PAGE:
“Gone” But Not Forgotten: Exploring the Myth of the Lost Carmen Sandiego, Part 1
Thursday, August 13.
Tom Bastek, Mike Jacobs and I had just wrapped up recording the news segment for Tell Them What They’ve Won, a weekly game show podcast with which Buzzerblog began a creative partnership starting this past June. Every episode of the podcast begins with me providing a recap of the latest game show news, as well as some impromptu commentary about the show Tom and Mike happen to be discussing that week.
After watching/studying/obsessing over game shows for the majority of my adult life, I’ve come to develop an ability to extemporaneously drop a “fun fact” concerning just about any game show you throw at me. If the topic were Hollywood Squares, for instance, I might mention how much I cherished my copy of the Nintendo adaptation of the game. If The Joker’s Wild was the game of the week, I’d provide a (hopefully) fascinating description of just how the show’s big magical slot machine worked. Sale of the Century? Did you know Geoff Edwards auditioned to be the host back in 1982? He was great. And so on.
“Alright, Christian,” said Tom, “this week we’re doing ‘Where In The World Is Carmen Sandiego?’. What’s your take?”
I trotted out the one crazy Carmen Sandiego fact I knew. The one fact I thought I knew.
“This might be creepy. To me, as a person who’s interested in lost media and lost episodes of things, I find it fascinating. There is one unaired episode of Carmen Sandiego sitting in the PBS vault marked ‘Do Not Air’…”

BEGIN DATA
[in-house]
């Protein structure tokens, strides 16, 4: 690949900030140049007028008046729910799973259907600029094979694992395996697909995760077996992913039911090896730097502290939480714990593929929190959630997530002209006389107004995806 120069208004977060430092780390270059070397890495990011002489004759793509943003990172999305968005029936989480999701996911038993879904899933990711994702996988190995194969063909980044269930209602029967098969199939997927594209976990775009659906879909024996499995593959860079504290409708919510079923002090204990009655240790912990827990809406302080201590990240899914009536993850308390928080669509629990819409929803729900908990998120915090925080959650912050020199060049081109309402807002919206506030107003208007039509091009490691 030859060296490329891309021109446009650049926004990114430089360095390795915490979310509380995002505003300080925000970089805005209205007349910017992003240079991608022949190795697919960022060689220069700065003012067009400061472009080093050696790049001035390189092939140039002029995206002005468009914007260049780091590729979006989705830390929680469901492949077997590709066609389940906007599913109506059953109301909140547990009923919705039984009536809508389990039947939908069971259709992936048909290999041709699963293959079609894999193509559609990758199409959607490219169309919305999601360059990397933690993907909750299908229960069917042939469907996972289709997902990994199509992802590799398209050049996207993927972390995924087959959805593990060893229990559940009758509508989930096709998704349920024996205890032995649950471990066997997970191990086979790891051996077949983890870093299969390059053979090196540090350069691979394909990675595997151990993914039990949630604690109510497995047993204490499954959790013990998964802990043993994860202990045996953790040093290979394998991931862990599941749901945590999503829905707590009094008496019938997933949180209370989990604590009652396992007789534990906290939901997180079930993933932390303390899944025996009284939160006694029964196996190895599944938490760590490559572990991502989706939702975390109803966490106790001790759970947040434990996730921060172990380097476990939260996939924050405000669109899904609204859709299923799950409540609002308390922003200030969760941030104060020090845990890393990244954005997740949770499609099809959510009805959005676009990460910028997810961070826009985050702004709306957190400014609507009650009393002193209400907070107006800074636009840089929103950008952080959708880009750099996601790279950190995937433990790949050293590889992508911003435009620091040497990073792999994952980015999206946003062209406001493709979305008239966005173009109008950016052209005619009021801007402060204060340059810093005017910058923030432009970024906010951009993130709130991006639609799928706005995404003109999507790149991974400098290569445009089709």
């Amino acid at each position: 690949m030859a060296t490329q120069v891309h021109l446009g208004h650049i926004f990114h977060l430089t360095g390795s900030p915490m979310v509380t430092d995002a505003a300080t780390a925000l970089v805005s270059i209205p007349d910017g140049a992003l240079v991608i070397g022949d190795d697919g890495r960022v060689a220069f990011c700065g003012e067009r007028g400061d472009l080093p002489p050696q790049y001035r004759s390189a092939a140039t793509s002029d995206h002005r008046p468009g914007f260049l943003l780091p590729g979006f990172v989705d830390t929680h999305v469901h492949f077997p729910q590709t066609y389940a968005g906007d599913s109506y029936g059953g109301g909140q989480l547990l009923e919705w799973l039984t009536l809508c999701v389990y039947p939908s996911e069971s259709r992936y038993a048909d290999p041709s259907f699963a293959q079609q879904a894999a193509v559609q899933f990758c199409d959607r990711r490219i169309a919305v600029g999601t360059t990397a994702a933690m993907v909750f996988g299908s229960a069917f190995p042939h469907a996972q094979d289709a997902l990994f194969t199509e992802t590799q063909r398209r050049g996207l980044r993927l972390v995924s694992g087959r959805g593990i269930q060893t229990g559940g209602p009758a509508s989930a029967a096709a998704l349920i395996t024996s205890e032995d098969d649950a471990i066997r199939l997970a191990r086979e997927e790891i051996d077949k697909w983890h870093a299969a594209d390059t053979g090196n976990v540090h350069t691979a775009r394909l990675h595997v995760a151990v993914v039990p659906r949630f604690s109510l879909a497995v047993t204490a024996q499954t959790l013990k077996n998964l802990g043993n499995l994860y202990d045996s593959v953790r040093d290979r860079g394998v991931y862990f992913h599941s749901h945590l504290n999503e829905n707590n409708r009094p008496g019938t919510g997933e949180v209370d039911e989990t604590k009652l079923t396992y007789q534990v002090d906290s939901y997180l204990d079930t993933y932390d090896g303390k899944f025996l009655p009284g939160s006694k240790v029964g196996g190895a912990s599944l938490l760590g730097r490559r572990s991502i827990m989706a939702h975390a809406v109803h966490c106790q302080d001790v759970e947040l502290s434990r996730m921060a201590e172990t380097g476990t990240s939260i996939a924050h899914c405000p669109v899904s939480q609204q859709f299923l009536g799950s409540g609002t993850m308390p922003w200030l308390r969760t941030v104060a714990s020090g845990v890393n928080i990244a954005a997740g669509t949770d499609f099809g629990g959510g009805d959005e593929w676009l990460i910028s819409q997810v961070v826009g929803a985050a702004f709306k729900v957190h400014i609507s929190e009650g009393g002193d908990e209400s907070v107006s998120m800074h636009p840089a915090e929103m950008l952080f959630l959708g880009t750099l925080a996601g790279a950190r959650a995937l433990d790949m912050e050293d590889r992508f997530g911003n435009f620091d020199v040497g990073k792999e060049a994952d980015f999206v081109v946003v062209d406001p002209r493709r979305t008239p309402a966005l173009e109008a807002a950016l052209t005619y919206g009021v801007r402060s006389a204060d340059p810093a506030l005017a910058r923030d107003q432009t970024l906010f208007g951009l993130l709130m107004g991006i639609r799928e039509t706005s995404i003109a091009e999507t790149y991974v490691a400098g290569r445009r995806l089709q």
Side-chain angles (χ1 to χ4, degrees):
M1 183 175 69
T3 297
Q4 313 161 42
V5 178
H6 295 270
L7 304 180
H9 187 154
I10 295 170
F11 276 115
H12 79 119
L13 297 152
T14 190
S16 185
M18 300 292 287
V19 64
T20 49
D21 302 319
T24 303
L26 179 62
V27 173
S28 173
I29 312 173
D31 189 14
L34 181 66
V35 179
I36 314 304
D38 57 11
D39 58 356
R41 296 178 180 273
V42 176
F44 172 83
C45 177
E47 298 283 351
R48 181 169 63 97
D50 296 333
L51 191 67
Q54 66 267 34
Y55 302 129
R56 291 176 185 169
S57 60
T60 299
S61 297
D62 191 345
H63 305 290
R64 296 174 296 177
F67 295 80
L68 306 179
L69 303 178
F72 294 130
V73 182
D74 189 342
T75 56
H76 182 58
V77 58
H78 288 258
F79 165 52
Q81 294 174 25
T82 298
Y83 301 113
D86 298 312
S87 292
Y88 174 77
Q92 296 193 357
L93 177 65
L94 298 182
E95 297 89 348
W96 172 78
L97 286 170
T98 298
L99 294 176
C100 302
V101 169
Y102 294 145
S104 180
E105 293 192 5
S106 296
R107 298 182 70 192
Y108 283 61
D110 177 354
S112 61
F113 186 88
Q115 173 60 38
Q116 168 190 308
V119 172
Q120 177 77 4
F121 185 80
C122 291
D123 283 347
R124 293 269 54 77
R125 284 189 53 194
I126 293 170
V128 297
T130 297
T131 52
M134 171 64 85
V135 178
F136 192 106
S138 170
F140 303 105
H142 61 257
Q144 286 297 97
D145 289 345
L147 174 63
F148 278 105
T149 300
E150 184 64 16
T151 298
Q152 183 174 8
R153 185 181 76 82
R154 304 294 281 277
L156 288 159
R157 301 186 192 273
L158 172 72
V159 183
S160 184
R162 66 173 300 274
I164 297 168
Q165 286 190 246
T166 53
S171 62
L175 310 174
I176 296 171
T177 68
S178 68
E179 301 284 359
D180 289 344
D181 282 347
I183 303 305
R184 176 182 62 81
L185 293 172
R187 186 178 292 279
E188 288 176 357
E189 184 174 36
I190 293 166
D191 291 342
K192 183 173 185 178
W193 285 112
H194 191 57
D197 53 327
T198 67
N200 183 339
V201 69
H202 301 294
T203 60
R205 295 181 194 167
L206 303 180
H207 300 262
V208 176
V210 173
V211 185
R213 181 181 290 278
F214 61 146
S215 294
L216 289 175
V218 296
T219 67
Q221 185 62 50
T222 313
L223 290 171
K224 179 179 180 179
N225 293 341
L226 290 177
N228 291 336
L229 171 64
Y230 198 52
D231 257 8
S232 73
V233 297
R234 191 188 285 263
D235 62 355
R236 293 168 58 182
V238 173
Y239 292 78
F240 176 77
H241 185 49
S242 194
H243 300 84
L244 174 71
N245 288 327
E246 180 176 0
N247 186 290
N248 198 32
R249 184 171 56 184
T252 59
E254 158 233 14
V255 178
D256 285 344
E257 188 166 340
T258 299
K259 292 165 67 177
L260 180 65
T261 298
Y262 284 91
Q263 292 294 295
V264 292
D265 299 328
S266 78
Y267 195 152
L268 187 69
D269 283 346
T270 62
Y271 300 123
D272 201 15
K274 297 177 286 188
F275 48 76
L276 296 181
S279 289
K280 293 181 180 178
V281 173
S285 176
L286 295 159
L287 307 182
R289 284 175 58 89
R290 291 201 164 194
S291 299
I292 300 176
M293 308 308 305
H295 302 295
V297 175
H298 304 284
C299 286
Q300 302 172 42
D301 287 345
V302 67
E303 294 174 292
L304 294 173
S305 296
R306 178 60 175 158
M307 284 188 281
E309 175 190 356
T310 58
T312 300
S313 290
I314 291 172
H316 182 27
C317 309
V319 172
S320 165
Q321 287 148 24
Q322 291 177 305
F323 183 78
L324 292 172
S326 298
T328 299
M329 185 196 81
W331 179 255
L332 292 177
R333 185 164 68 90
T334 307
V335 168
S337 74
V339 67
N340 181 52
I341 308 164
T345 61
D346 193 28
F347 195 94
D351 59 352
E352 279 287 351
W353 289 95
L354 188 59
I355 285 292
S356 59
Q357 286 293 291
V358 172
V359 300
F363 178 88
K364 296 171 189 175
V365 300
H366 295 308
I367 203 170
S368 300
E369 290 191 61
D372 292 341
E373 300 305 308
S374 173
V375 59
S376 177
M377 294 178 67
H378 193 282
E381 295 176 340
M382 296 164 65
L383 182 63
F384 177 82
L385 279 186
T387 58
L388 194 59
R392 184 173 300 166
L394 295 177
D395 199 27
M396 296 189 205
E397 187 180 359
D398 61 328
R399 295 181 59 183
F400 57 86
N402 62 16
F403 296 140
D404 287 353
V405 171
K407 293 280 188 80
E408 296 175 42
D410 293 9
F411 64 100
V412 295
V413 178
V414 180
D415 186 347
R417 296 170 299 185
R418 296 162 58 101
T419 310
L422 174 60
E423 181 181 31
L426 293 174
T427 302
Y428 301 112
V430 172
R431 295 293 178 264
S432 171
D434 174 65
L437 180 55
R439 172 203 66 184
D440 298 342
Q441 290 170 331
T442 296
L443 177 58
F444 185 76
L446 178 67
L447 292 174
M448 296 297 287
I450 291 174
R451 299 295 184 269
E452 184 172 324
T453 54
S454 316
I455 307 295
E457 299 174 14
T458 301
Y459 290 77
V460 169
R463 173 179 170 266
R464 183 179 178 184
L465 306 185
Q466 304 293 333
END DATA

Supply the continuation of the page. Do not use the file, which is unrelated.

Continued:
So goes the legend of Auld Lang Gone, the unaired, unedited, un-acknowledged season 2 episode of Where In The World is Carmen Sandiego. Unaired because, among many other problems, a contestant fell on the floor-sized map of Europe and broke her arm during the bonus round, prompting the second-place contestant to be called from the bleachers to finish the game on behalf of the injured participant. Unedited, because the chaos that occurred on the packed Manhattan soundstage in the wake of the accident apparently rendered the footage unsalvageable. Un-acknowledged, because the show was quickly scrapped and hidden in the PBS vault, never to be broadcast—on October 12, 1992, the episode’s intended air date, a rerun of the season 2 premiere (“Disturbing The Heavenly Peace”; Double Trouble attempt to steal Tiananmen Square) was scheduled in its place.
Rumors of the existence of Auld Lang Gone have persisted in various pockets of the internet for at least the past ten years, but no footage has ever surfaced.
“I like it,” Tom said. “I like creepy and I like Carmen, and it’s great.”
Satisfied with the input I provided to the show, we saved our audio and called it a night.